For the first time since 2007 Australia has approved the bulk importation of foreign-grown wheat due to the impact of drought on the grains industry.
This week the Department of Agriculture and Water Resources approved a permit for the Australian-owned Manildra Group to buy Canadian-grown high protein wheat to be processed at its Shoalhaven Starches plant in Nowra, NSW.
According to Manildra Group, high protein wheat is in short supply due to the worst drought in more than a century.
“Shoalhaven Starches’ preference is Australian wheat, and Manildra Group will continue to buy wheat from Australian farmers as supply permits,” Manildra Group said.
Wheat production in NSW reached a low of 3000,000 tonnes last harvest, while Western Australia experienced a record high yield of more than 10 million tonnes.
In the company’s 67-year history this is the first time Manildra Group has imported wheat from foreign growers.
GrainGrowers Limited Chairman Brett Hosking said food security is not a concern nor is low levels of produce.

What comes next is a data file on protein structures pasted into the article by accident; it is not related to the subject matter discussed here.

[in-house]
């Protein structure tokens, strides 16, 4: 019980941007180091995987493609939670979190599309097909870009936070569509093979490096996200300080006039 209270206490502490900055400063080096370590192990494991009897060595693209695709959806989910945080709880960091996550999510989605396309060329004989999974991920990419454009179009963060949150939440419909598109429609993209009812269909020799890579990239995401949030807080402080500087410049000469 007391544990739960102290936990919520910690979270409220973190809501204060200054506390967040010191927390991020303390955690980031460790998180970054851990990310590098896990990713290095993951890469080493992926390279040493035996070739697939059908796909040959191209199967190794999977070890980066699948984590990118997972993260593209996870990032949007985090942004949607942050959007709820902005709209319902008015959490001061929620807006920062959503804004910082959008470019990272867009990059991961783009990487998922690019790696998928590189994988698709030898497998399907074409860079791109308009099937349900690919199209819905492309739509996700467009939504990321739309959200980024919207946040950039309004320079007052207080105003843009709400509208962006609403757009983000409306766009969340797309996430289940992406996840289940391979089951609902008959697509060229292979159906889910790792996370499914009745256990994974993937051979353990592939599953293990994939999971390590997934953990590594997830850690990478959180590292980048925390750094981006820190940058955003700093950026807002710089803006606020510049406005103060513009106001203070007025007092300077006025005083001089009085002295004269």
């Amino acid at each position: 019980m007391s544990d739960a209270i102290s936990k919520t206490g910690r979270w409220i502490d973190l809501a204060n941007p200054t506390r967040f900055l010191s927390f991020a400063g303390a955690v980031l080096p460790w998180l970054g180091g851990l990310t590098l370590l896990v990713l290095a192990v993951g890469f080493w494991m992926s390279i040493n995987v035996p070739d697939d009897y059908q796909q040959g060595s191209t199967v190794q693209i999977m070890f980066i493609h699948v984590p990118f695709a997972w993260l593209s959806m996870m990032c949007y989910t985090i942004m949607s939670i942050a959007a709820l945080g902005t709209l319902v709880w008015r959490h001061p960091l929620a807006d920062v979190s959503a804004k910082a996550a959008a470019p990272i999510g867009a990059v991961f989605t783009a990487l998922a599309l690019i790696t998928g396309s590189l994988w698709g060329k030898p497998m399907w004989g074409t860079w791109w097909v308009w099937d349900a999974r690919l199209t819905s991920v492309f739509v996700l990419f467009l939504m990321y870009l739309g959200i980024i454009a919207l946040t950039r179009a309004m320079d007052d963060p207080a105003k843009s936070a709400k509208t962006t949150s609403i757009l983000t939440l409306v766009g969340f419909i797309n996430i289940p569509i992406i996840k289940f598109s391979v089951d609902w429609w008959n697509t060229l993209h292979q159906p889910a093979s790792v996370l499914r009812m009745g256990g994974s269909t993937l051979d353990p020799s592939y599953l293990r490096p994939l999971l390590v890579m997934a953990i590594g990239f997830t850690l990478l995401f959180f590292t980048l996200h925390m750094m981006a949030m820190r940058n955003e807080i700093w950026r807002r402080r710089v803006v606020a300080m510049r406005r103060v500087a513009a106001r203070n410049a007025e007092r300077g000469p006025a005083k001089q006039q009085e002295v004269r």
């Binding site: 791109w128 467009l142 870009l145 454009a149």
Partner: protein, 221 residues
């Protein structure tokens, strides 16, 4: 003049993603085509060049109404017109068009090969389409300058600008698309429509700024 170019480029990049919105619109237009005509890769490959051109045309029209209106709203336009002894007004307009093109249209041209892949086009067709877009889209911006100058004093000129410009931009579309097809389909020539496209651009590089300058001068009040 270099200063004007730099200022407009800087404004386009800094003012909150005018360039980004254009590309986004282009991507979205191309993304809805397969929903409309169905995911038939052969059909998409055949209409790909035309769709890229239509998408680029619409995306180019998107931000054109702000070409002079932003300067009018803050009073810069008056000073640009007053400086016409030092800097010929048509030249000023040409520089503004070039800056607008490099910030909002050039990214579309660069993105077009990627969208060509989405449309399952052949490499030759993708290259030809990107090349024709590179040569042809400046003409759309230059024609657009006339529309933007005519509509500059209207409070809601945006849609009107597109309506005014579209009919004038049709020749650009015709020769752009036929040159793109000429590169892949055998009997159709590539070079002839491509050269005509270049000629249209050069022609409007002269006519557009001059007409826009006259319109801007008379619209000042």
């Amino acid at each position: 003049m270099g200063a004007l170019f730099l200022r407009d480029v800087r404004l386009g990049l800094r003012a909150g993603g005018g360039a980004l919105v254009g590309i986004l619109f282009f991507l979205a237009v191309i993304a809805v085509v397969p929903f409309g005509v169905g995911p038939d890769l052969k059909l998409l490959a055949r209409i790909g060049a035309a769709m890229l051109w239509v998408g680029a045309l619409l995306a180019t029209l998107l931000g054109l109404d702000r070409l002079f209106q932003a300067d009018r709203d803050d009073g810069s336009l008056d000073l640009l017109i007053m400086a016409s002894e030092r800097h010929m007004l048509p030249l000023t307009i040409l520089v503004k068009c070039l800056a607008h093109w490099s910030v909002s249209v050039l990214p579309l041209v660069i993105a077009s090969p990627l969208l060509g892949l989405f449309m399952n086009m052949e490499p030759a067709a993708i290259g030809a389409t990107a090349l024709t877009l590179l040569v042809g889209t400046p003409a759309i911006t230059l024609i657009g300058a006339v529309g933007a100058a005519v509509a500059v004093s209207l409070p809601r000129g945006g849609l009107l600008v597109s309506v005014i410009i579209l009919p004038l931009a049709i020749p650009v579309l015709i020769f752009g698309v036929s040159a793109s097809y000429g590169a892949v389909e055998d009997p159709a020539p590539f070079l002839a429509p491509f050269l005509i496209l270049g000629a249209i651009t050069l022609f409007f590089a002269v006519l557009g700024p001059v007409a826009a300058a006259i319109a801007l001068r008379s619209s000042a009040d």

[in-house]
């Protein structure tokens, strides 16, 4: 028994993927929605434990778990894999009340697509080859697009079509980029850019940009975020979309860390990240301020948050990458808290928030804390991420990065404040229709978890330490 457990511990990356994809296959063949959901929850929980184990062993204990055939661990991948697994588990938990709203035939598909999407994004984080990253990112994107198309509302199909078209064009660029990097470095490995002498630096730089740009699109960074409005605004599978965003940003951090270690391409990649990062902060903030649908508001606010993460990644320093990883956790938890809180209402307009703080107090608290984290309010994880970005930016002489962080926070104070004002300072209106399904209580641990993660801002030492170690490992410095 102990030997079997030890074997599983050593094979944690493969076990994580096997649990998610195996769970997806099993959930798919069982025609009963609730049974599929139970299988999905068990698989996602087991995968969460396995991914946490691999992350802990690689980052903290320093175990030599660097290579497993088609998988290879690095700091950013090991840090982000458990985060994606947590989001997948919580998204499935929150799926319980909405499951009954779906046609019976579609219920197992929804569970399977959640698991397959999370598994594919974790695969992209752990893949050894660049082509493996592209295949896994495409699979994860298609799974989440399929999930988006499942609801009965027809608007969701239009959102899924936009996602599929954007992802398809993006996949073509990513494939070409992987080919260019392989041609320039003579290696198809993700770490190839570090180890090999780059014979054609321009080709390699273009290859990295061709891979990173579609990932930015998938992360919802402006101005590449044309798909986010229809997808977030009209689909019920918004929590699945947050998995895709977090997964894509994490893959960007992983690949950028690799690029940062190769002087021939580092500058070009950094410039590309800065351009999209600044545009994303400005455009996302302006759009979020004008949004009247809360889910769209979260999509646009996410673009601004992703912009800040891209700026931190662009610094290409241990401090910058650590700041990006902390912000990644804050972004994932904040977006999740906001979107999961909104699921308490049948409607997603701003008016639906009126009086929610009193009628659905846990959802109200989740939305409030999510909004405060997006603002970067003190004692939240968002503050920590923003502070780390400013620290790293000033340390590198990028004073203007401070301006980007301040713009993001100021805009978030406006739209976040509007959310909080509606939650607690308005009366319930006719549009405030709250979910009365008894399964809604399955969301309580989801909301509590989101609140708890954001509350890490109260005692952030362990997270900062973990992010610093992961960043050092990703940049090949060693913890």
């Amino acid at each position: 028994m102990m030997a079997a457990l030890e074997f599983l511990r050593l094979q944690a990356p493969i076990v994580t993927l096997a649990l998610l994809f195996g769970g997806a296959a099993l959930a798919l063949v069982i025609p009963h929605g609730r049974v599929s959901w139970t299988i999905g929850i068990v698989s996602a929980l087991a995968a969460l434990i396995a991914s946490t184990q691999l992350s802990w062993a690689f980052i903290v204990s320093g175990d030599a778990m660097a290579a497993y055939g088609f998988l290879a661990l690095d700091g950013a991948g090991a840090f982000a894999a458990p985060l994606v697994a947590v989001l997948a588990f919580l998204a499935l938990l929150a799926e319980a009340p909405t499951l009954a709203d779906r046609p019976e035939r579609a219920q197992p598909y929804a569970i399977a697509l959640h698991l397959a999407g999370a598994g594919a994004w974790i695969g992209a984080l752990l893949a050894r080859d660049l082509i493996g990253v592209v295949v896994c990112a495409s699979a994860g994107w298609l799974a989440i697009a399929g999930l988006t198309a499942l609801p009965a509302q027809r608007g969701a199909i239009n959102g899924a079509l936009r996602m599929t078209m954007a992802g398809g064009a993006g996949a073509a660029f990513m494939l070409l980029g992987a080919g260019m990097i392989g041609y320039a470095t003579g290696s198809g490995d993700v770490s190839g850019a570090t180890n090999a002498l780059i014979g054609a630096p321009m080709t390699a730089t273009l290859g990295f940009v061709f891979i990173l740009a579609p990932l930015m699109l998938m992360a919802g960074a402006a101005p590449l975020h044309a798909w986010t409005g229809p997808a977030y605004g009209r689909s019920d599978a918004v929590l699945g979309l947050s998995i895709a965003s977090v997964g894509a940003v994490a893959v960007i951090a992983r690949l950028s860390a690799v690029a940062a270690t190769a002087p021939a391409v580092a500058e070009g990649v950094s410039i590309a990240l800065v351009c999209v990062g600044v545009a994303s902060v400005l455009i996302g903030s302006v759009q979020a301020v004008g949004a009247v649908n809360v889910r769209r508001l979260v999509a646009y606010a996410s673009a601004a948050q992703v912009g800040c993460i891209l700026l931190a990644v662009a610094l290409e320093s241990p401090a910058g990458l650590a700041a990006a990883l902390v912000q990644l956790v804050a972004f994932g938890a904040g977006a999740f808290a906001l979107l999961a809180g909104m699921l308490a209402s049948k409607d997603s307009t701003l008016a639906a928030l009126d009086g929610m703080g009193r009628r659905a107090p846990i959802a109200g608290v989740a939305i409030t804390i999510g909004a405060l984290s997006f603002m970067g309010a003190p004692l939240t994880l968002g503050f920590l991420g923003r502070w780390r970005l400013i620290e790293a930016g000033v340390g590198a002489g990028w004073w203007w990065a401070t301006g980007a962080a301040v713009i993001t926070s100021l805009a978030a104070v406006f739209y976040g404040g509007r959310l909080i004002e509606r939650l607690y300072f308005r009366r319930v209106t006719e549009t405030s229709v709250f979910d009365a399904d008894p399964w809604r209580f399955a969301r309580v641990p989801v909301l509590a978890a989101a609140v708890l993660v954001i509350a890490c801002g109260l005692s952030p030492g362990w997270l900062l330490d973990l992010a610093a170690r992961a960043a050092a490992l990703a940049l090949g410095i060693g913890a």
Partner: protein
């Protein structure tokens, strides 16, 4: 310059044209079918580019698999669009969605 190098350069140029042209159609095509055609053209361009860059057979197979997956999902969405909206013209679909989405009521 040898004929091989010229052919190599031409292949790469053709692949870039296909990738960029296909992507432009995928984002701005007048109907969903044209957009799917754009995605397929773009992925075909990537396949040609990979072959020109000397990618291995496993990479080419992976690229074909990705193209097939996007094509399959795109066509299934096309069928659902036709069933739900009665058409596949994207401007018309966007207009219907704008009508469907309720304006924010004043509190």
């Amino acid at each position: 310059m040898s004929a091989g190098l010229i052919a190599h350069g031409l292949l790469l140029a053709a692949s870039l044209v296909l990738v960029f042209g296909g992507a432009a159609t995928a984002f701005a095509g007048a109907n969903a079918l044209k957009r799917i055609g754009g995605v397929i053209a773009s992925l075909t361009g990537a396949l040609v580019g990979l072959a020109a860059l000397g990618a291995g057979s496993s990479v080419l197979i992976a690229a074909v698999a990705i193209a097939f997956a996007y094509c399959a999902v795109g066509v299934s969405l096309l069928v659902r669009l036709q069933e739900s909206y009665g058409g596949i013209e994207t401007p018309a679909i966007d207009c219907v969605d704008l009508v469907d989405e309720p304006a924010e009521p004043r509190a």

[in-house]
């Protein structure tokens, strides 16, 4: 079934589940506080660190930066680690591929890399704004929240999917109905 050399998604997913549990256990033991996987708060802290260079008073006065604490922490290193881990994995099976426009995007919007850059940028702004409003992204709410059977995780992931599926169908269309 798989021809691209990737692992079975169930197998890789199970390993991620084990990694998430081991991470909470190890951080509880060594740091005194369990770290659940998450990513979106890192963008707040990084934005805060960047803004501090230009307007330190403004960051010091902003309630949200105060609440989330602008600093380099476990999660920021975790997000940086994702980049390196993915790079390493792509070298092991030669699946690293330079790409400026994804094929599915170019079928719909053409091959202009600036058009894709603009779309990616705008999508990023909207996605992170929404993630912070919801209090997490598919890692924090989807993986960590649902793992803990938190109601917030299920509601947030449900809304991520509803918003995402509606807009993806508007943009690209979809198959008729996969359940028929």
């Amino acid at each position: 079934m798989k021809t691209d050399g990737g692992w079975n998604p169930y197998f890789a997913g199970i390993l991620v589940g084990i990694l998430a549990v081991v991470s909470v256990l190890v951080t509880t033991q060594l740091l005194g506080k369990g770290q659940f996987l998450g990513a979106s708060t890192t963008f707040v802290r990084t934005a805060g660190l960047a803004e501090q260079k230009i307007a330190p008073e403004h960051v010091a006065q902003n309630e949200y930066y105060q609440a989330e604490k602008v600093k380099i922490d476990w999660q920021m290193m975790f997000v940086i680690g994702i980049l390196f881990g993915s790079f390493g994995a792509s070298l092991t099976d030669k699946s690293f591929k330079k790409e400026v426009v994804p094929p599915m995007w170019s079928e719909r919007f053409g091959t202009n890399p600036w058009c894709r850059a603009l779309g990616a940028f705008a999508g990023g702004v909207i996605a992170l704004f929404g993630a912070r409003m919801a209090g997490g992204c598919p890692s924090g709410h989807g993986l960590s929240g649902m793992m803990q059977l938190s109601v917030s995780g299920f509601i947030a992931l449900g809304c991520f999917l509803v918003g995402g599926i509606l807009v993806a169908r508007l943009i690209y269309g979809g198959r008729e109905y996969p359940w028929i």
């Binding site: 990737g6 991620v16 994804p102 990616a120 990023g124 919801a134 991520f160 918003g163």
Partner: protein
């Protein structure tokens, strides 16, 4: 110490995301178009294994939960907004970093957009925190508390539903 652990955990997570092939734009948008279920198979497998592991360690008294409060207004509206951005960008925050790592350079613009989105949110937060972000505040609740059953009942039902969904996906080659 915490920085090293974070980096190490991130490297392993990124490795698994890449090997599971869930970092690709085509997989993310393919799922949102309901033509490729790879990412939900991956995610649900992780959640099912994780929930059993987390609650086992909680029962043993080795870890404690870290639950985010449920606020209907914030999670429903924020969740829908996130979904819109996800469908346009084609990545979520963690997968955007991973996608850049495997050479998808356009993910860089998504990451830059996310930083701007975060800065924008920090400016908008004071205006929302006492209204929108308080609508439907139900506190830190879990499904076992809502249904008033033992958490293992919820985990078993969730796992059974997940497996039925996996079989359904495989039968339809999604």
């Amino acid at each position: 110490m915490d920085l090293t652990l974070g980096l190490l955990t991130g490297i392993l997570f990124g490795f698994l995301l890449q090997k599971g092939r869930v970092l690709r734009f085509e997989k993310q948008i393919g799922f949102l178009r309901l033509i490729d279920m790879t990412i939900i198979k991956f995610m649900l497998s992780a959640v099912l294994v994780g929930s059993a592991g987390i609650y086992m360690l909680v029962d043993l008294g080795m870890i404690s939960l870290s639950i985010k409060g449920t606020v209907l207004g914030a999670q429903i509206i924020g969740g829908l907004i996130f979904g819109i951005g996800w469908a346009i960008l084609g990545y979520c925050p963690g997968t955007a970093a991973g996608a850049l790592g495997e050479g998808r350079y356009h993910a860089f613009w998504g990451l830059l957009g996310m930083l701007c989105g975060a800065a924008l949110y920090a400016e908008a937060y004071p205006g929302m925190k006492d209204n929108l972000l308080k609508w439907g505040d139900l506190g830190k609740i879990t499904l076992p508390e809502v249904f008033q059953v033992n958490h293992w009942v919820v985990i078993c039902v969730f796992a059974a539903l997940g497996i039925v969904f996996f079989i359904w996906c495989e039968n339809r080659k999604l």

“We have been transporting grains from the prosperous farms in Western Australia to the east coast for dairy and livestock farms and flour mills.
“Manildra Group are pursuing a particular type of grain that is in short supply on the east coast and mustn’t be available in WA,” he said.
Agriculture Minister for Agriculture and Water Resources David Littleproud said that biosecurity was paramount in this transaction and it was the responsibility of the Department to strictly manage risks.
“The import conditions require that the grain is sourced from areas assessed as presenting a low plant and animal biosecurity risk and impose strict movement, storage and processing controls within Australia.”
GrainGrowers Limited said they are working closely with the Department to ensure the biosecurity of the imported grains.
“The biggest concern for the grains industry, and agriculture in general, is that biosecurity remains a closed and secure process with zero opportunity for breaches,” Mr Hosking said.
The Canadian wheat is expected to arrive at Port Kembla, NSW, within the next eight weeks.
This may be the first of up to eight other applications the Department is considering for imports of wheat, canola, corn and sorghum from Canada and the USA.
“As a farmer myself, I look out at my farm and see all of the grains I can sell… but we operate in an export market and we should not put up barriers surrounding trade,” Mr Hosking said.